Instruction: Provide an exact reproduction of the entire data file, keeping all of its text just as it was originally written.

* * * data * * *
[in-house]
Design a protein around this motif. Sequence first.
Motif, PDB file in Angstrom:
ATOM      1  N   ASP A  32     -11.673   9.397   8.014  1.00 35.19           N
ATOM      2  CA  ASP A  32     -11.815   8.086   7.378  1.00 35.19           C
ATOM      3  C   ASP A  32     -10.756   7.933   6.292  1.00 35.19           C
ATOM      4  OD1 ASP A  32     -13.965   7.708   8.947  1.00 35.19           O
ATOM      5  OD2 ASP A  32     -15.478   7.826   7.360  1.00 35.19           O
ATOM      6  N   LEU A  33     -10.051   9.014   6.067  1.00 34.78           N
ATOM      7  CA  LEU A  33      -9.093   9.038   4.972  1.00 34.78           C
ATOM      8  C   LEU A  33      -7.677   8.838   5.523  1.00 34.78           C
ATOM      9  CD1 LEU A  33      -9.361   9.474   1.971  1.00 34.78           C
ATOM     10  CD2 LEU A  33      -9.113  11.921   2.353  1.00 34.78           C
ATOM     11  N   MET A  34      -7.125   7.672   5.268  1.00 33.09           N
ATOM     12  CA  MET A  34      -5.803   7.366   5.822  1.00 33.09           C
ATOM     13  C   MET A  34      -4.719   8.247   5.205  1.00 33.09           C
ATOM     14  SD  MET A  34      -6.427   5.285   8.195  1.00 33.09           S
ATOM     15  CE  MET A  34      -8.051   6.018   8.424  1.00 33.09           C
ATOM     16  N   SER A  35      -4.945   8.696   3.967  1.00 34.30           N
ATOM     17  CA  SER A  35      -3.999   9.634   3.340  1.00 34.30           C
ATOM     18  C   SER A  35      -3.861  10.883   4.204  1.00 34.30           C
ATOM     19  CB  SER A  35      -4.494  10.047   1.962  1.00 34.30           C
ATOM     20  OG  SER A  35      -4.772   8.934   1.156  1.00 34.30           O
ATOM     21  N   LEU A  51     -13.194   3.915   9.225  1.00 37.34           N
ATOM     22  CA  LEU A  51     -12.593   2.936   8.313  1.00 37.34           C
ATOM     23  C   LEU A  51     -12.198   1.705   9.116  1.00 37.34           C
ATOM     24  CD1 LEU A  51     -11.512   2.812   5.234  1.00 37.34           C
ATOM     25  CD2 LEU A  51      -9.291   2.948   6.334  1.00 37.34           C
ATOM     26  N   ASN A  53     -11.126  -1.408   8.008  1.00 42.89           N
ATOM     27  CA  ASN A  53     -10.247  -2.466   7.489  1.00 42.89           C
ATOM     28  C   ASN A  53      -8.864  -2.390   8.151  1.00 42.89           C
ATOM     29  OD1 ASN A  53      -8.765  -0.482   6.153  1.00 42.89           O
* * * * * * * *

[in-house]
Design a protein around this motif. Sequence first.
Motif, PDB file in Angstrom:
ATOM      1  N   ASP A  32     -11.673   9.397   8.014  1.00 35.19           N
ATOM      2  CA  ASP A  32     -11.815   8.086   7.378  1.00 35.19           C
ATOM      3  C   ASP A  32     -10.756   7.933   6.292  1.00 35.19           C
ATOM      4  OD1 ASP A  32     -13.965   7.708   8.947  1.00 35.19           O
ATOM      5  OD2 ASP A  32     -15.478   7.826   7.360  1.00 35.19           O
ATOM      6  N   LEU A  33     -10.051   9.014   6.067  1.00 34.78           N
ATOM      7  CA  LEU A  33      -9.093   9.038   4.972  1.00 34.78           C
ATOM      8  C   LEU A  33      -7.677   8.838   5.523  1.00 34.78           C
ATOM      9  CD1 LEU A  33      -9.361   9.474   1.971  1.00 34.78           C
ATOM     10  CD2 LEU A  33      -9.113  11.921   2.353  1.00 34.78           C
ATOM     11  N   MET A  34      -7.125   7.672   5.268  1.00 33.09           N
ATOM     12  CA  MET A  34      -5.803   7.366   5.822  1.00 33.09           C
ATOM     13  C   MET A  34      -4.719   8.247   5.205  1.00 33.09           C
ATOM     14  SD  MET A  34      -6.427   5.285   8.195  1.00 33.09           S
ATOM     15  CE  MET A  34      -8.051   6.018   8.424  1.00 33.09           C
ATOM     16  N   SER A  35      -4.945   8.696   3.967  1.00 34.30           N
ATOM     17  CA  SER A  35      -3.999   9.634   3.340  1.00 34.30           C
ATOM     18  C   SER A  35      -3.861  10.883   4.204  1.00 34.30           C
ATOM     19  CB  SER A  35      -4.494  10.047   1.962  1.00 34.30           C
ATOM     20  OG  SER A  35      -4.772   8.934   1.156  1.00 34.30           O
ATOM     21  N   LEU A  51     -13.194   3.915   9.225  1.00 37.34           N
ATOM     22  CA  LEU A  51     -12.593   2.936   8.313  1.00 37.34           C
ATOM     23  C   LEU A  51     -12.198   1.705   9.116  1.00 37.34           C
ATOM     24  CD1 LEU A  51     -11.512   2.812   5.234  1.00 37.34           C
ATOM     25  CD2 LEU A  51      -9.291   2.948   6.334  1.00 37.34           C
ATOM     26  N   ASN A  53     -11.126  -1.408   8.008  1.00 42.89           N
ATOM     27  CA  ASN A  53     -10.247  -2.466   7.489  1.00 42.89           C
ATOM     28  C   ASN A  53      -8.864  -2.390   8.151  1.00 42.89           C
ATOM     29  OD1 ASN A  53      -8.765  -0.482   6.153  1.00 42.89           O